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“Sauer Notes” Cleveland Indians 2016 Outlook

This week, we’ll take a gander into the outlook of the Cleveland Indians for the 2016 season. In doing so, let’s break down some numbers from last season, as well as, some numbers that may have had a positive or negative trend over the past couple of years for certain players. Assessing these numbers from past seasons, while taking into account the additions and subtractions from past seasons, can shed some light on the fantasy value of individual Indians. Immersing oneself in the bevy of statistics that are available via various outlets can also help project that actual pure baseball outlook for the team, and whether or not they are destined to take a step forward, or due for some regression. Let’s stop with all the words and banter, and get into the numbers shall we!francona

The Tribe finished 2015 one game over .50o, and actually have had three consecutive winning seasons. Over the last decade and a half, the Indians’ have made the postseason twice, and have been on a negative down-slope as of late. Just some quick hitters or drag-bunt type numbers to appease your appetite before we divulge into the actual team breakdown: the Tribe finished 12th in the league in runs (669) and 13th in the league in HR (141), while the strength of their team being the pitching staff as they boasted a league-high in strikeouts 1,407, and second-best American League ERA finishing at 3.67. With a pretty lights-out starting rotation, the Indians finished near the bottom in the league in saves with 38, and really need closer Cody Allen to take a step forward here in 2016. The front office did a nice job of bringing in guys like reliever Joe Thatcher to help close out games, as he had often success in 2015 handing the ball to Luke Gregerson last year for the Astros. There were some other moves that the team made that were questionable, to say it nicely, and we will get into those a little bit later.

So let’s tip this bad boy off with the positive aspect of the Tribe going forward into the 2016 season, and that is the pitching staff.

  1. Corey Kluber– Spoiler alert, I believe somebody else takes over this spot as the teams actual ace this season. Although, they may not make an actual statement about it. Nevertheless, after leading the AL in wins in 2014 with 18, he then followed it up by leading the AL in losses with 16 in 2015. In this time, he also lost a run in his ERA from 2014-15 finishing with a 3.49 compared to 2.44 in 2014. He was elite vs. RH batters (.197 with 11 HRs and 123 Ks in 390 at bats). His failure was more tied to LH batters (.261 with 31 doubles, 11 HRs, and 122 Ks in 429 at bats). His elite K/9 (strikeouts per nine innings) sitting at a lofty 9.93 in 2015, and was no surprise as he has average a 9.5 over the last three seasons. He also has a solid 1.93 BB/9 (walks per nine innings), so these are some peripheral stats we like identify when looking for starting pitchers on draft day. One more advanced statistic that helps lend a hand of analyzing where a pitcher is at in terms of his talent and ability is xFIP. This statistic tells us about a pitcher’s strikeout and walk rates, which are very important, and also inherently provides us with information about their batted ball profiles because fly ball rate is built into the model. This stat tells us how well a pitcher has pitched (ability and talent) independent of their defense behind them, and strips out some of the randomness behind them that can be accounted for in an ERA. The league average xFIP is 3.80, with the awful pitchers hovering 4.70, and the elite pitchers sitting around 2.90. In Kluber’s down year of 2015, his xFIP was still near elite at 3.05, after a 2014 season where he finished with an astounding 2.57. Now these statistics are on a year-t0-year basis, and if Kluber can find his xFIP anywhere between his 2014-2015 numbers he can remain an elite ace of their staff, and your fantasy staff as well. With an average draft position (ADP, which are all from 5 different sources generated from fantasy of 40 this year may be a good buying opportunity on Kluber.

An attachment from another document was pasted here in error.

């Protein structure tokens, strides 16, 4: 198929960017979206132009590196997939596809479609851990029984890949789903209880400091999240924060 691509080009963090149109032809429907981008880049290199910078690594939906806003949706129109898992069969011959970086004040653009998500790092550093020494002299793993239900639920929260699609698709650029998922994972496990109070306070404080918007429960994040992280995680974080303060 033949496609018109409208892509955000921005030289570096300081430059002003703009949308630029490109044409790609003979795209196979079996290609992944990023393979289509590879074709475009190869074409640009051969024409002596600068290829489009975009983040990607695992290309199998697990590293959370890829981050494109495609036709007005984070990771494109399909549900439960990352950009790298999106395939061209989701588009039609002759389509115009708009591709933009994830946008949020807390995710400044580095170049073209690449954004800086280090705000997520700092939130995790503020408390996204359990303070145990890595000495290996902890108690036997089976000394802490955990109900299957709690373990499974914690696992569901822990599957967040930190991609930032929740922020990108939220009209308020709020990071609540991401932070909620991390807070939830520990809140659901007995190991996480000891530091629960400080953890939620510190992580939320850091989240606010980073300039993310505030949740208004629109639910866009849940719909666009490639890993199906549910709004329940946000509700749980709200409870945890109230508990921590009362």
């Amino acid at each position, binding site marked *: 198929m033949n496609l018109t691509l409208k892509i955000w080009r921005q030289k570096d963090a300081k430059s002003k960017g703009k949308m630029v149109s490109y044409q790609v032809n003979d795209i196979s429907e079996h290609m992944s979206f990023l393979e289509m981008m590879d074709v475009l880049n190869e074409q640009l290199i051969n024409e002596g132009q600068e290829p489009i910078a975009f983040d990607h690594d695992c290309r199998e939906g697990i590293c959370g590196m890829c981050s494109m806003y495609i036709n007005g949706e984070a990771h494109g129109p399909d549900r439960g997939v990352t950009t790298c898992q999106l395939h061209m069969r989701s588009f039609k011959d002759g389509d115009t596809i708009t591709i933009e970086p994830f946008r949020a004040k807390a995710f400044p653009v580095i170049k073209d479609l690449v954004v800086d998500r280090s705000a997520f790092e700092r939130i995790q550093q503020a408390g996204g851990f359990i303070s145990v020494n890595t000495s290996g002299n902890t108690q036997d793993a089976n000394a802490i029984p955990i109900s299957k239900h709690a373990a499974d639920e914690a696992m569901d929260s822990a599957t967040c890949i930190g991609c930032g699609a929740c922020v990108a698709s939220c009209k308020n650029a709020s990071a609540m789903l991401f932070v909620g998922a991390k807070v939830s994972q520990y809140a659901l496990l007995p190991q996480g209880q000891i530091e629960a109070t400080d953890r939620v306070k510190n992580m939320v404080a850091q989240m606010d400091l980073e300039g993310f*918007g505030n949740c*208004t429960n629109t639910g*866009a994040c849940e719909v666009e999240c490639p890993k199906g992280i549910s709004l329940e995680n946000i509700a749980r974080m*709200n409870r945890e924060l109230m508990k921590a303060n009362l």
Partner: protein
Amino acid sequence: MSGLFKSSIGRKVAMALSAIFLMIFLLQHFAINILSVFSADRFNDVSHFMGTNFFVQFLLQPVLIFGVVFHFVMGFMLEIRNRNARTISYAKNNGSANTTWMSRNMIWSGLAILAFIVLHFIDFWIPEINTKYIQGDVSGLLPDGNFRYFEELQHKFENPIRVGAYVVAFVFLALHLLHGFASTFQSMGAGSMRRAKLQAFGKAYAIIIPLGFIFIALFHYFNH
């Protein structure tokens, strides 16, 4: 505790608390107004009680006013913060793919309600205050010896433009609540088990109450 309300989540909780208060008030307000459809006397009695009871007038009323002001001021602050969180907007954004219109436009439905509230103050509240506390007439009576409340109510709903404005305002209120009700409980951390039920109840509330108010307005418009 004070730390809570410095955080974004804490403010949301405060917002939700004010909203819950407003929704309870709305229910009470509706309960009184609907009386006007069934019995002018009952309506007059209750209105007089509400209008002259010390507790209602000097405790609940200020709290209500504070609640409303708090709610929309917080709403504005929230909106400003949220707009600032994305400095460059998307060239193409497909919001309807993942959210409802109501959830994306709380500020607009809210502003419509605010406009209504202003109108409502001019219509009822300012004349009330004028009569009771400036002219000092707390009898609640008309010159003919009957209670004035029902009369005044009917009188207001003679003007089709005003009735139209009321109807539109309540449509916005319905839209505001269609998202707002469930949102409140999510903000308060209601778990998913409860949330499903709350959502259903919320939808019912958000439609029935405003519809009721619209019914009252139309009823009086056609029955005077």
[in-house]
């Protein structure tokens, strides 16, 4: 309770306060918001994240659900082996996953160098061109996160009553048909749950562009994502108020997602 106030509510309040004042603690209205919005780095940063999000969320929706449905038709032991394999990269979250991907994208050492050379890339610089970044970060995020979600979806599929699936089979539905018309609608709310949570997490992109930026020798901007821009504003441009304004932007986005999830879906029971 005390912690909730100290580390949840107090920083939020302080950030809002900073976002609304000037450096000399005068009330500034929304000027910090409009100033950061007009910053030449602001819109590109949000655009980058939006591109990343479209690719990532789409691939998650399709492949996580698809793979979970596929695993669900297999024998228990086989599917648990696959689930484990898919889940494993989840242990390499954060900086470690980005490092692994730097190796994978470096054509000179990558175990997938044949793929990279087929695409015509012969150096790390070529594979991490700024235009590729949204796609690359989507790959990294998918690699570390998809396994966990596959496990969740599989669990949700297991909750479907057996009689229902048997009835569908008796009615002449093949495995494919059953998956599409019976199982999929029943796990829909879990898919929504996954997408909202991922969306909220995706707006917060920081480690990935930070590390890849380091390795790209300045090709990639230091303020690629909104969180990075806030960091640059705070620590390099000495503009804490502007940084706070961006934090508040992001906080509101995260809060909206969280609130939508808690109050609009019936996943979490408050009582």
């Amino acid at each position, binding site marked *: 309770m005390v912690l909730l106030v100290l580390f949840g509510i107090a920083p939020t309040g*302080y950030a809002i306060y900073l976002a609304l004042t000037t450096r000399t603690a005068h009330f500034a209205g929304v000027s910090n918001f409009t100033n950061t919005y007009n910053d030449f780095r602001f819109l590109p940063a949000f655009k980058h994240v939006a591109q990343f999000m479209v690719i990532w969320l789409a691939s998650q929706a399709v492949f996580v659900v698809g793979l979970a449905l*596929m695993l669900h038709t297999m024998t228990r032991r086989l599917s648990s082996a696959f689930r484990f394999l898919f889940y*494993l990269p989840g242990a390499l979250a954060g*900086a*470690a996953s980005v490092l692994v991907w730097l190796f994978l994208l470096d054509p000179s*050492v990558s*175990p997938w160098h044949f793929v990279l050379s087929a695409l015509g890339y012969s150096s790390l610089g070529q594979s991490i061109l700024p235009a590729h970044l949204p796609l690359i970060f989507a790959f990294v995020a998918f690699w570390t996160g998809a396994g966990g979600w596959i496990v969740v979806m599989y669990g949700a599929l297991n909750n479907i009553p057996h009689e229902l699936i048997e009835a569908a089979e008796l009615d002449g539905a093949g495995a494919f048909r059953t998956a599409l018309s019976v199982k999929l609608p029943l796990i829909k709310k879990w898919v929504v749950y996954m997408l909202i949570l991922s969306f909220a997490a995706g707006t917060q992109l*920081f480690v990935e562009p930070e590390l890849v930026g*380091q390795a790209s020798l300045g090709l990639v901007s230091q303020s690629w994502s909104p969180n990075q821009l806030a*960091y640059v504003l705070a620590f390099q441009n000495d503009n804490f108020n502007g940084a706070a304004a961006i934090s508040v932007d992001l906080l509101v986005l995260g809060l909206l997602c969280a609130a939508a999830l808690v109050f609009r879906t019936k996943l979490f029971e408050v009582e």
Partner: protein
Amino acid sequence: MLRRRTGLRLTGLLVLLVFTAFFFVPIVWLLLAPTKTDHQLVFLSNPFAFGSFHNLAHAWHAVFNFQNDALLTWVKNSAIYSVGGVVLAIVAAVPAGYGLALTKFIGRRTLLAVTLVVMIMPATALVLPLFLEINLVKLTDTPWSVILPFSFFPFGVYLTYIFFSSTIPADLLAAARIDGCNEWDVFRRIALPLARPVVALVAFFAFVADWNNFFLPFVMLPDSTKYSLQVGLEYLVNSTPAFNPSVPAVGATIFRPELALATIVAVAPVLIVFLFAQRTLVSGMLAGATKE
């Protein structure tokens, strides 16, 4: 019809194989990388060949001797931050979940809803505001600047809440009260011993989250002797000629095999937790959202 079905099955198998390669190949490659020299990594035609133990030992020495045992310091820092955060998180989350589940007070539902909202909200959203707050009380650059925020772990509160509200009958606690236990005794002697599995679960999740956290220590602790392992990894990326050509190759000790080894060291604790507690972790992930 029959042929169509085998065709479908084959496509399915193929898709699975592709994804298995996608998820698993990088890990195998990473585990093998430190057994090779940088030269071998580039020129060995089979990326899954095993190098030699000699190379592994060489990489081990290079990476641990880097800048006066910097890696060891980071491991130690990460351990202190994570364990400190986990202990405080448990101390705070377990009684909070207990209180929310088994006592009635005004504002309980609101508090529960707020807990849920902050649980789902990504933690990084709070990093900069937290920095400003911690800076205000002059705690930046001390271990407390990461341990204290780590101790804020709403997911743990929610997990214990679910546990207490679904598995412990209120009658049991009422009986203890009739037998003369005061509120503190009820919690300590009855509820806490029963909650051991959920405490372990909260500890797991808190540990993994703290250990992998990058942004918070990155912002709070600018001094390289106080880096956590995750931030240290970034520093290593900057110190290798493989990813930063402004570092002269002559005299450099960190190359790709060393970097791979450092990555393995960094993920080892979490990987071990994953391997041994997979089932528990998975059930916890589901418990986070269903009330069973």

2.  Carlos Carrasco-  carlosThrows flames like Tobasco, my pick to win the AL Cy Young this year has an ADP about ten spots behind Kluber (50), and in my opinion may be the better draft-day value when all is said and done. The flames he threw simmered from his scorching 2014 numbers as his AFB (average fastball) dropped from 95.3 to 94.5 in 2015. He threw a slider (.222 BAA) as his second best pitch followed by a changeup (.155 BAA) and curveball (.120 BAA). As great as his results look, Carrasco had an ERA over 4.00 in four different months (April – 4.60, May – 4.10, June – 4.02, and September – 4.21). His best month was August (1.47 ERA with 33 Ks in 30.2 innings). For the second straight year, he was a much better pitcher after the All Star break (2.99 ERA with 94 Ks in 75.1 innings). He pitched well vs. lefties (.216) and righties (.238). Carrasco does a nice job getting ground balls (51.2) leading to a short FB rate (29.8), but he did have a spike in his HR/FB rate (13.2). Big fastball with three pitches that are tough to hit, paired with great command, points to an ERA under 3.00 with high upside in Ks with more innings added. Want to talk about elite numbers, and just taking a look at ability and talent alone with the help of the aforementioned xFIP sabremetric, Carrasco had a 2.66 in both 2014 and 2015 only trailing Kershaw, Sale, and Arrieta. Pretty good company eh? He possesses enough talent to challenge Kluber for ace on the staff. Possible 15+ wins with 250 Ks and a sub 2.50 ERA. I am willing to go up a few spots and take him earlier than his ADP of 50, as his skills are having continued growth even if his overall ERA does not indicate that.